This has been an issue in previous years' exams as well, and even the marking schemes (or are they just a random student's model answers?) show numbers just being plugged in. Maybe all similar questions are only Achievement questions.

Similar questions in previous years have been equations, not inequalities. This year has harder questions.

(e) (i).

Investigate what happens when Janine changes the order of the numbers in Line 1. Does she get the same answer as in Line 4?

There are several issues with this question.

First, a vague instruction like "investigate" does not give enough information to the student to be able to give an appropriate answer. What sort of investigation and how much investigation is required?

We are not told how Janine changes the order of the numbers, so she might get the same total or she might not. Is it just a yes or no conclusion required? Is either answer OK if the student shows examples?

To understand why Janine might get the same or different total will require a detailed investigation. A one hour exam is not an appropriate setting for a detailed investigation, with such an investigation's open-ended consumption of time.

Furthermore, a detailed investigation will require far more working than the allowed space permits. Nine lines is not enough room for anything other than a very superficial investigation. The similar question in the Day 1 paper gets 17 lines – much more room, and possibly appropriate for the depth required for the investigation.



(a) (i).

The area of a rectangle is n² – 4n – 5, where n is a positive number.
If one side is has length n + 1, give the second side in terms of n.

This question is – mathematically, at least – how question ONE (a) (i) mentioned above should have been worded. It's clear what the student should do, and there is a single correct answer.

However, there's a simple grammar error in the question. It looks like it originally read "If one side is n + 1, ..." but was changed to mention that the side has length n + 1 without making the change correctly. This is a very careless correction in something so important to get right, and something that should have been picked up by many of the alleged teachers who worked through the exam.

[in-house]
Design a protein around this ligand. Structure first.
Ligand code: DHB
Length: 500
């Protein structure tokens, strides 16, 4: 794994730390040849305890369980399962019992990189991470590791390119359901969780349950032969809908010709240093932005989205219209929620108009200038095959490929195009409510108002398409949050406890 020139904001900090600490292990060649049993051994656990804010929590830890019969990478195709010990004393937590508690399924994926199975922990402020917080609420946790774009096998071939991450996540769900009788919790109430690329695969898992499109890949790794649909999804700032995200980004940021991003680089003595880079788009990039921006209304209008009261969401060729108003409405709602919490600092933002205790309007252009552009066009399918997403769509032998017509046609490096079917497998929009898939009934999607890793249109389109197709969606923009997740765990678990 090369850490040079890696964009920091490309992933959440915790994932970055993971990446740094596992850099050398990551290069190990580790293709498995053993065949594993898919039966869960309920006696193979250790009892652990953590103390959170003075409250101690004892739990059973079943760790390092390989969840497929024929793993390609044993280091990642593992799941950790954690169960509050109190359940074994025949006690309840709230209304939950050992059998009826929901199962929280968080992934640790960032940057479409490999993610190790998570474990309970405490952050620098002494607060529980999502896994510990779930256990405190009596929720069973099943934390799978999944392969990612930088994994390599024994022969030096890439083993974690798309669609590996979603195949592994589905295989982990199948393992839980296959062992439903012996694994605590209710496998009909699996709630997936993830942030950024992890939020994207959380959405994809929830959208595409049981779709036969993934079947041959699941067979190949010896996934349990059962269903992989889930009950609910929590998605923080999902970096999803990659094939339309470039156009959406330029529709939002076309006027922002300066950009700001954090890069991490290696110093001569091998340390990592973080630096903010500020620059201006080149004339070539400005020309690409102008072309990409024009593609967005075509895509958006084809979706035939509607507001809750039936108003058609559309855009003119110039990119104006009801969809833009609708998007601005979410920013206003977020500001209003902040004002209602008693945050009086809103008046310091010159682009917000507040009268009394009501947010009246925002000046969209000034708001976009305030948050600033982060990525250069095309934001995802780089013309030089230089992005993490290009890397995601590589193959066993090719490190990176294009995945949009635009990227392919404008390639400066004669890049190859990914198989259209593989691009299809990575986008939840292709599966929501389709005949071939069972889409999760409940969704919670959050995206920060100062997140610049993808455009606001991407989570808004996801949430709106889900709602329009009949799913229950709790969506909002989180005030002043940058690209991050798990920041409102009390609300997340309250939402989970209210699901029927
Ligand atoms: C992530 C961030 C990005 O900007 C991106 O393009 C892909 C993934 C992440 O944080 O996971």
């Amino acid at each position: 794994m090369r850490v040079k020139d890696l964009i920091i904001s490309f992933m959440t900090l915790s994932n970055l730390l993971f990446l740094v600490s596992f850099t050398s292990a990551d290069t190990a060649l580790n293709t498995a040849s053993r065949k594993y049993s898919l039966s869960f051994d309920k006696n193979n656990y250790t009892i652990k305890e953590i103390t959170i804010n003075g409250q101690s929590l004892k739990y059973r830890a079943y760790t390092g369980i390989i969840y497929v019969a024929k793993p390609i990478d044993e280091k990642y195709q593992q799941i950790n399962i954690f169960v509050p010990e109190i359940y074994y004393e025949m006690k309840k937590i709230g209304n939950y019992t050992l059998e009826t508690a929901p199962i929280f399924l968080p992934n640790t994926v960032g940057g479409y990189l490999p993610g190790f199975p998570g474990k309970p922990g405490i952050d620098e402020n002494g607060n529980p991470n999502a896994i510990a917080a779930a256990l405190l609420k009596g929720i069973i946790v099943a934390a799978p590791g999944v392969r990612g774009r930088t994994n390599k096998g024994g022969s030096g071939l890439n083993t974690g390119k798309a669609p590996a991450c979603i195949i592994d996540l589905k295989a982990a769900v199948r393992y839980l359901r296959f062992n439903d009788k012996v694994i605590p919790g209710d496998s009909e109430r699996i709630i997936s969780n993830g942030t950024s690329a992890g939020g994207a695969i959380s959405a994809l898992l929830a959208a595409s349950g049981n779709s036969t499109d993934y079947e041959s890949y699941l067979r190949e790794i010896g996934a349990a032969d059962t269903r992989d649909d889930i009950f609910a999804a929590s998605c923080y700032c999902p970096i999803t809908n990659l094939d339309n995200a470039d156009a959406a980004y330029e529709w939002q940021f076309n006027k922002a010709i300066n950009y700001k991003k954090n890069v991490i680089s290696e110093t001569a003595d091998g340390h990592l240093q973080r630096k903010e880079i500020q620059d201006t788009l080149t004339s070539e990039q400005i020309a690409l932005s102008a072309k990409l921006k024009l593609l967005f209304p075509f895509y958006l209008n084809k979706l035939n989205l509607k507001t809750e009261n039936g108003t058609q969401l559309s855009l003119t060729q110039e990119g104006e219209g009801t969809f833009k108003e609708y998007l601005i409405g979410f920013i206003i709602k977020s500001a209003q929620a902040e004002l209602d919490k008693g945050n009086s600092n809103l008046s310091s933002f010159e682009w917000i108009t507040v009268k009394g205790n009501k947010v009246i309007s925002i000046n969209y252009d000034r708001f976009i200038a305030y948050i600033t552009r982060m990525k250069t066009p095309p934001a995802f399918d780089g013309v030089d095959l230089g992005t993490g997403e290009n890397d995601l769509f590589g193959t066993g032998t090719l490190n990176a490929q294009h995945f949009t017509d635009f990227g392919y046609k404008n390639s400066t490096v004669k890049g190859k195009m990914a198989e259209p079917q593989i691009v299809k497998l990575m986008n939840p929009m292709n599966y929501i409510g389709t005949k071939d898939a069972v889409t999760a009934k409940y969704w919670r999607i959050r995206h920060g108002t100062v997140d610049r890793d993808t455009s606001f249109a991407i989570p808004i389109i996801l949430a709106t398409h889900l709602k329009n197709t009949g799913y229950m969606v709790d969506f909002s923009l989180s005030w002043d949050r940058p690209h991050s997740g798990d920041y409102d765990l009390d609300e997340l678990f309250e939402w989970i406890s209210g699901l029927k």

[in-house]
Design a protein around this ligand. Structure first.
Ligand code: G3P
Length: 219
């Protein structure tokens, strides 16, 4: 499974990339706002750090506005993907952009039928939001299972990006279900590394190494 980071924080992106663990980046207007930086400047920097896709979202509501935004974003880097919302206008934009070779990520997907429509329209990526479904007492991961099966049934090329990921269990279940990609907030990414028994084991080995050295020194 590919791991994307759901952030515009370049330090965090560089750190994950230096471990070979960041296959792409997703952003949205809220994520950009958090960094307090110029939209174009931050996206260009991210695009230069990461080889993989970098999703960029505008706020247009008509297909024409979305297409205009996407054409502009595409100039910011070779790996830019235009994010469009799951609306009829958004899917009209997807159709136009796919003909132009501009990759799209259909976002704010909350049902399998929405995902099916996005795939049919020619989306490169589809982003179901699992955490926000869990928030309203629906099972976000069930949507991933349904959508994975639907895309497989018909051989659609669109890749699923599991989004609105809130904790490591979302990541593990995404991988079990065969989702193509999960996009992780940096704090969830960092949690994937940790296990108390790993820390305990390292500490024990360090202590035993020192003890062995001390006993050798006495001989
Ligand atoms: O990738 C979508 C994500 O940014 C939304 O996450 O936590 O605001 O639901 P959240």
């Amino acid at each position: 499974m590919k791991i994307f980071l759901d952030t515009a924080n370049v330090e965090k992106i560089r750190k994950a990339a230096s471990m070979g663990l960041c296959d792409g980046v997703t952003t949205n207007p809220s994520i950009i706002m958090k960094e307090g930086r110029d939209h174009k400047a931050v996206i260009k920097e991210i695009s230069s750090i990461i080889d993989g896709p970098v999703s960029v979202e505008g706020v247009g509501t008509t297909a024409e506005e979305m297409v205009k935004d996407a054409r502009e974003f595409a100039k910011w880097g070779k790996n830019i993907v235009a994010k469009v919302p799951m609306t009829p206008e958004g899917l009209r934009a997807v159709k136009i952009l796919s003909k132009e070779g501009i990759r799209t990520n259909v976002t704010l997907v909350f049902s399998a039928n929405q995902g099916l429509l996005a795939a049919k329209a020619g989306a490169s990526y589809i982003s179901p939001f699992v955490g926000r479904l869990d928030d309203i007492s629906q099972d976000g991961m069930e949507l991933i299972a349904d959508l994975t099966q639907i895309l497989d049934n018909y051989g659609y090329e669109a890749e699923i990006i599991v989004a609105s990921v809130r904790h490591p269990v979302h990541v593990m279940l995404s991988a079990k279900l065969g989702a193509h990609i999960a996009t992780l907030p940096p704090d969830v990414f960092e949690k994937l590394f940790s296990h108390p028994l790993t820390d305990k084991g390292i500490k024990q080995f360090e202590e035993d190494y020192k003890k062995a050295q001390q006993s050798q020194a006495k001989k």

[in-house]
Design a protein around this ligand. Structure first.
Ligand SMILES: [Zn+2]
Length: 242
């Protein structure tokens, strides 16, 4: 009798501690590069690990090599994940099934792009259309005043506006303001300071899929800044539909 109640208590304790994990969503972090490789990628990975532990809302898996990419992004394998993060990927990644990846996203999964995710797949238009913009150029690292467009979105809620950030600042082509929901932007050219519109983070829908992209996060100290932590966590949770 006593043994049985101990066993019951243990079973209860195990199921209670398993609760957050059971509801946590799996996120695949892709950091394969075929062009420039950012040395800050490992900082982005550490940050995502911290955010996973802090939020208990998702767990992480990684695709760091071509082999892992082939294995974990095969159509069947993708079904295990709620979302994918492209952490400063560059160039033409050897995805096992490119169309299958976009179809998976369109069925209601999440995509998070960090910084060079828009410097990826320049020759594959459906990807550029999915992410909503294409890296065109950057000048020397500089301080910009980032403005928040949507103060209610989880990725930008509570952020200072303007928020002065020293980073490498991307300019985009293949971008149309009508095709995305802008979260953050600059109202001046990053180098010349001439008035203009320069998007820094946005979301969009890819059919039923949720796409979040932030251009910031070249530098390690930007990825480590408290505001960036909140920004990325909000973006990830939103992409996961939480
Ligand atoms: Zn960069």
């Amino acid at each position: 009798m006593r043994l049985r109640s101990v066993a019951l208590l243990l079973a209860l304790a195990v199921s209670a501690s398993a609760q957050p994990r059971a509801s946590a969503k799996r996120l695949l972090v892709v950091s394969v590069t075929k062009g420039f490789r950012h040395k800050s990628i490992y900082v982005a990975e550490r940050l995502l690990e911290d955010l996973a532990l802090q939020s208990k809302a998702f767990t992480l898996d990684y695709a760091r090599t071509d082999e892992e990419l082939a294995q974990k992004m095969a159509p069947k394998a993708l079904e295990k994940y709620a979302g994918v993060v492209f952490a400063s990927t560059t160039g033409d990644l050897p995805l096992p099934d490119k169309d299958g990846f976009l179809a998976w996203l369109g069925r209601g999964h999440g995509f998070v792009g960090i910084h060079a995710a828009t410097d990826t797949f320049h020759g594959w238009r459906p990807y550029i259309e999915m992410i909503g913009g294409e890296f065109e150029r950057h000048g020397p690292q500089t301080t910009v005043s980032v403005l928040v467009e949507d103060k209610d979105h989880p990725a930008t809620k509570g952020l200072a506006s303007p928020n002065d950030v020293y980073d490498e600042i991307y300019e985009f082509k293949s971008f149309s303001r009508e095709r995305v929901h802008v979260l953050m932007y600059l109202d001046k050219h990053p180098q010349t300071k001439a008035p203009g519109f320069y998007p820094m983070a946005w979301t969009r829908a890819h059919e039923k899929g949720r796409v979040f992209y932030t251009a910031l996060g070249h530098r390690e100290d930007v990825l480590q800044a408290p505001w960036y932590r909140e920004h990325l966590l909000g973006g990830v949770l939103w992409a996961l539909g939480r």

It also seems rather hypocritical. Should we expect that students making careless errors like missing a negative sign will not be penalised?

(a) (ii).

What do you know about the values of n for this rectangle?

The space for the answer is 22 lines long. Why does this answer need so much room? Is an essay expected on the origin of the letter n?

The previous similar question on the previous page (Question Two (e) (iii): "What do you know about the numbers ... Explain your answer.") only provides an appropriate three lines to write on, with the bottom of that page left blank; three lines for that answer including explanation.

Other questions have a certain number of lines drawn, then blank space underneath. Why not this one?

When there is so little that can really be said about the values of n, the 19 or 20 extra lines are misleading and confusing.


Solve   x² – 3x – 10 
(x + 5)(x – 5)
 =  x

This one is very similar to the one in the Day 1 exam which the NZ Herald showed is more difficult than an NCEA level 2 Excellence question from 2014, which just had a whole number on the right side. What is NZQA trying to achieve by using a harder-than-NCEA-2-Excellence question for NCEA 1? Was the earlier question only Excellence by mistake?


A game has a groove that a small ball is rolled along.
The groove can be modelled by ...

Two diagrams are given which do not relate to each other. They do not show the same groove, or the same object the groove is in.

A groove is a three dimentional object but the equation that supposedly models the groove is only two dimensions. The question should have said something like "The cross section of the groove can be modelled by ..." It doesn't make sense as written.

FWIW the image on the right is of the product on this page [broken link] (available for €15.95 plus €5 shipping).


The NZQA has been quoted as saying the exam "was developed by an experienced team with expert knowledge of mathematics assessment and reviewed by several current secondary school teachers". For the "several current secondary school teachers" who reviewed it, that's just embarrassing, especially for the infinite answers to the first problem in Question One and the grammar error in the first problem in Question Three.

The wording of some questions is nebulous, leaving exact answers impossible and students unclear about what they are required to do, and the amount they are required to do. This last issue is compounded by having available space for some answers which doesn't correspond with the detail required in the answer. This is unreasonable. The students should be doing maths, not guessing about how much to do.

The easiest questions are not as simple as in previous years, for example 2013 Day 1 started with solving a linear equation. 2016 Day 2 started with a problem with infinite solutions.

The exam was so much harder than previous years that it seems possible that it was actually an NCEA Level 2 exam. NCEA 1 exams in recent years have not required students to apply their maths knowledge to loosely defined maths problems.

This exam had serious problems. Serious questions need to be asked about the exam preparation process.